What is Acoustic Trauma?

Diane Goettel
Diane Goettel
Diane Goettel
Diane Goettel
People who have experienced acoustic trauma may need to communicate via sign language.
People who have experienced acoustic trauma may need to communicate via sign language.

Acoustic trauma is a kind of trauma or injury that affects a person's hearing. In many cases, the mechanisms in the inner ear are damaged or injured in some way and the most common cause of this trauma is unusually loud noise. The most common symptoms of acoustic trauma include ringing in the ears, which is also called tinnitus, and hearing loss. Hearing loss usually just affects part of one's hearing with the loss of the ability to hear sounds that are high-pitched. However, it is possible for the trauma to affect and damage other parts of the hearing register and may get worse over time.

A doctor may perform tests to assess a person's level of acoustic trauma, and to outfit her with a hearing aid.
A doctor may perform tests to assess a person's level of acoustic trauma, and to outfit her with a hearing aid.

The most common causes of acoustic trauma and damage the the hearing mechanisms within the inner ear include exposure to loud noises — especially exposure over a long period of time — and exposure to incredibly loud noises just once or few times. Incredibly loud noises may include gunshots and explosions. Hearing loss that is the result of exposure to noise over a long period of time may be the result of listening to loud music or being exposed to the noises of loud machinery.

Frequently listening to loud music with headphones can cause ear trauma.
Frequently listening to loud music with headphones can cause ear trauma.

Unfortunately, acoustic trauma is not always treatable. The best treatment for acoustic trauma is prevention and the preservation of the existing or remaining hearing. For people with severe hearing loss, hearing aids may be required. Sometimes people who lose most or all of their hearing will have to begin learning to lip read or to communicate via sign language.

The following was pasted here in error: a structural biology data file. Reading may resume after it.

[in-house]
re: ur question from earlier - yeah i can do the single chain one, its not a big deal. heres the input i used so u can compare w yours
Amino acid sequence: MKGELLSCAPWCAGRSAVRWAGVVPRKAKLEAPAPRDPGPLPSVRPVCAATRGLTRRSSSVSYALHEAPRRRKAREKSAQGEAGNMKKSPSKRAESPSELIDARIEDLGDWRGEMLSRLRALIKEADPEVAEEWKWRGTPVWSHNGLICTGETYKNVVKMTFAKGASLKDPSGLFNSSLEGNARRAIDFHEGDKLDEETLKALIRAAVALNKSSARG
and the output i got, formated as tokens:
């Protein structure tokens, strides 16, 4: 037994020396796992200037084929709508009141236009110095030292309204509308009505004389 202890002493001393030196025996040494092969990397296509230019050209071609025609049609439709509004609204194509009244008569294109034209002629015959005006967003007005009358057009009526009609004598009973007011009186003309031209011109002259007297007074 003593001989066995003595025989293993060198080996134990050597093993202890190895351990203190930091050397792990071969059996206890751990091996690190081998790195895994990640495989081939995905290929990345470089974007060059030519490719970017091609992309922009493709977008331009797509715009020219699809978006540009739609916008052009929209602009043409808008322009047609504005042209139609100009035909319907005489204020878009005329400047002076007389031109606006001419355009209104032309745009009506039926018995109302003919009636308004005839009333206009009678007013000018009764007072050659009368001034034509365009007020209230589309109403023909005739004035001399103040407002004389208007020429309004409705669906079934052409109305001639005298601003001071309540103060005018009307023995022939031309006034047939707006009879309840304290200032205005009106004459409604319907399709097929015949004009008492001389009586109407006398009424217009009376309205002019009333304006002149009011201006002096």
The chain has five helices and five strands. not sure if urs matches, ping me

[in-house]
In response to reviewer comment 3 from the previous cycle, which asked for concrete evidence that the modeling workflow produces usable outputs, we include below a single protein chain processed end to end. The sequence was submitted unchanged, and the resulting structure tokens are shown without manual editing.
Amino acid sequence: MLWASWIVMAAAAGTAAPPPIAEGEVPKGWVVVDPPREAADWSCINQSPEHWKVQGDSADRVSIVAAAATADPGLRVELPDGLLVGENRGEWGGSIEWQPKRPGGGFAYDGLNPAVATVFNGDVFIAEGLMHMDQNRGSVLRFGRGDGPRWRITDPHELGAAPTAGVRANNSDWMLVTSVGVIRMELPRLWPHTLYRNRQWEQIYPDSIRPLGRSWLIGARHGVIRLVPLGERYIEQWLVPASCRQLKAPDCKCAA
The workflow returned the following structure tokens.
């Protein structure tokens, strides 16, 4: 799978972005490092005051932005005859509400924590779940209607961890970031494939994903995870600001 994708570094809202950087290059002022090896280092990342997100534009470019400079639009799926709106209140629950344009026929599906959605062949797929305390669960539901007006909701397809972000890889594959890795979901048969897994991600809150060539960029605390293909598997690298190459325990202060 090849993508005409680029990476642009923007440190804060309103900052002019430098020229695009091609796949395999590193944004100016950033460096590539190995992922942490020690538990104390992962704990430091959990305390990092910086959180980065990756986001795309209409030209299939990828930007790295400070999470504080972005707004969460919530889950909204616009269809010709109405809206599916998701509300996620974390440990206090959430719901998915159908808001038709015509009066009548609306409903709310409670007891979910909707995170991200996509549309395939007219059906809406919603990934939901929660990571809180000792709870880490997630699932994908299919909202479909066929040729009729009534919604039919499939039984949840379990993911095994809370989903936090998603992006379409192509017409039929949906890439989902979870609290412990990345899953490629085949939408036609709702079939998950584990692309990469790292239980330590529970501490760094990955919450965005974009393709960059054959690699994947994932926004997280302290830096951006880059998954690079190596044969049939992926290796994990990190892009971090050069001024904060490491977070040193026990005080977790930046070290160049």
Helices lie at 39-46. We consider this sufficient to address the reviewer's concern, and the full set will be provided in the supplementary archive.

Acoustic trauma can be prevented by wearing protective devices when exposed to loud noises. During loud concerts or while working with loud machinery, it is important to wear ear plugs or ear muffs that are specifically designed to block out or muffle loud noises. It is common for such forms of protective headgear to be required of workers performing certain kinds of jobs. Even people who have experienced some hearing loss can prevent further hearing loss by taking these kinds of precautions.

In order to assess the extent of acoustic trauma, it is important to consult a doctor. A doctor will be able to perform tests to assess the level of trauma and, when necessary, to outfit patients with hearing aids. A doctor can also instruct patients in how to best use protective head gear in order to make sure that further acoustic trauma is avoided or at least kept to a minimum.

Diane Goettel
Diane Goettel

In addition to her work as a freelance writer for , Diane is the executive editor of Black Lawrence Press, an independent publishing company based in upstate New York. She has also edited several anthologies, the e-newsletter Sapling, and The Adirondack Review. Diane has a B.A. from Sarah Lawrence College and an M.A. from Brooklyn College.

Diane Goettel
Diane Goettel

In addition to her work as a freelance writer for , Diane is the executive editor of Black Lawrence Press, an independent publishing company based in upstate New York. She has also edited several anthologies, the e-newsletter Sapling, and The Adirondack Review. Diane has a B.A. from Sarah Lawrence College and an M.A. from Brooklyn College.

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    • People who have experienced acoustic trauma may need to communicate via sign language.
      By: Dan Race
      People who have experienced acoustic trauma may need to communicate via sign language.
    • A doctor may perform tests to assess a person's level of acoustic trauma, and to outfit her with a hearing aid.
      By: dotweb.dk
      A doctor may perform tests to assess a person's level of acoustic trauma, and to outfit her with a hearing aid.
    • Frequently listening to loud music with headphones can cause ear trauma.
      By: Warren Goldswain
      Frequently listening to loud music with headphones can cause ear trauma.